Eyewitness: hold up in European parliament ING bank

Article published on Feb. 12, 2009
Article published on Feb. 12, 2009
On 12 February a masked man disguised as a woman held up a female receptionist at the ING cashpoint on the ground floor of the European parliament in Brussels, the same building where Michail Gorbachev and Prince Albert of Monaco were chairing a conference on water and peace in the world. Exclusive

‘Heads will probably roll,’ comments a parliamentary assistant at the scene of the event. Around 4pm, an anonymous individual got through all the notoriously strict security controls of the European parliament in Brussels, having taken the cash facing the press room. Taking a lift to escape, he found the time to change back into men’s clothes. Security believe he is still in the building. Only people are allowed to leave - cars are prohibited.

‘Heads will probably roll’

The security bureau of the building is not commenting on the event yet. Access to the building was blocked for fifteen minutes, and security checks are being intensified. The ING employee was alone during the hold-up and according to what she declared to Brussels police, the thief simply told her to give him the money; the amount is still unknown.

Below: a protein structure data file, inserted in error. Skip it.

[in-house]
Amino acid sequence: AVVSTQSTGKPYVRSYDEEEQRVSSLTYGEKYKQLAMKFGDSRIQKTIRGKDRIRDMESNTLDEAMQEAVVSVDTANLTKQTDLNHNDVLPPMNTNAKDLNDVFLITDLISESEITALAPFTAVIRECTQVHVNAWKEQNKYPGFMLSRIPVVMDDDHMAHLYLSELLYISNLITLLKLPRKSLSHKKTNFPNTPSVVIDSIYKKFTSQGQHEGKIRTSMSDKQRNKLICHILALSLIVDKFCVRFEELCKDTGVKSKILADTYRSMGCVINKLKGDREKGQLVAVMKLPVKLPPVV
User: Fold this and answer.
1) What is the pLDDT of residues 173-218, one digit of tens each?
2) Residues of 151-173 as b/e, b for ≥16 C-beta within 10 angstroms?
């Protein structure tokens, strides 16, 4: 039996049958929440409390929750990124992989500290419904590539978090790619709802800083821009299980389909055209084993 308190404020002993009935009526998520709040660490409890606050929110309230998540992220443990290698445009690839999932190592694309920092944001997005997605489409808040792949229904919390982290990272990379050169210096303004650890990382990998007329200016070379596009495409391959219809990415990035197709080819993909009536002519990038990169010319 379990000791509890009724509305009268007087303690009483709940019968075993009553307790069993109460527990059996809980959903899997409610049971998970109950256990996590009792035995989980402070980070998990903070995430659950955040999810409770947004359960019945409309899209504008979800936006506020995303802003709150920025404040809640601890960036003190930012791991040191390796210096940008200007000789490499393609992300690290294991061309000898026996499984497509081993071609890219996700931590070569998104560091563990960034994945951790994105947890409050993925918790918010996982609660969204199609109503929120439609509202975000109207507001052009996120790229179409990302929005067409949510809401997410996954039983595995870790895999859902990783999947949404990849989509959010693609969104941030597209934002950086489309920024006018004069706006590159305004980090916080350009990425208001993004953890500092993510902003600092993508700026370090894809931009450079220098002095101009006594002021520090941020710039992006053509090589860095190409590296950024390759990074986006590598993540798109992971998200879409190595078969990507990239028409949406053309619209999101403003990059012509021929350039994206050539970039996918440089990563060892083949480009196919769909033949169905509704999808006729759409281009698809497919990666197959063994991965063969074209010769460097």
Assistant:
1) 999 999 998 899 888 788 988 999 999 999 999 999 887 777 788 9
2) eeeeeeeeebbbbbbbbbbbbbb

Everyday, more than 7, 000 people work or pass through the European parliament in Brussels. In this building not only the parliamentary activities take place, but also many commercial activities: there is a travel agency, a supermarket and of course several cash points. Usually, controls are very strict. According to an employee of the visitors service of the European parliament, in order to access the building, visitors can only get badges if they are MEPs, assistants or other employees.

More than 7, 000 people work or pass through the European parliament in Brussels

Others willing to enter can do so as a guest of an MEP or another parliamentary authority. But every invited person has to present an identity card and fill in a form after passing himself and his items under a metal detector, unless the guest has a pacemaker. Parliament’s security personnel systematically take a picture of every visitor.

Police in Brussels have started an investigation and won’t release any communication until tomorrow morning.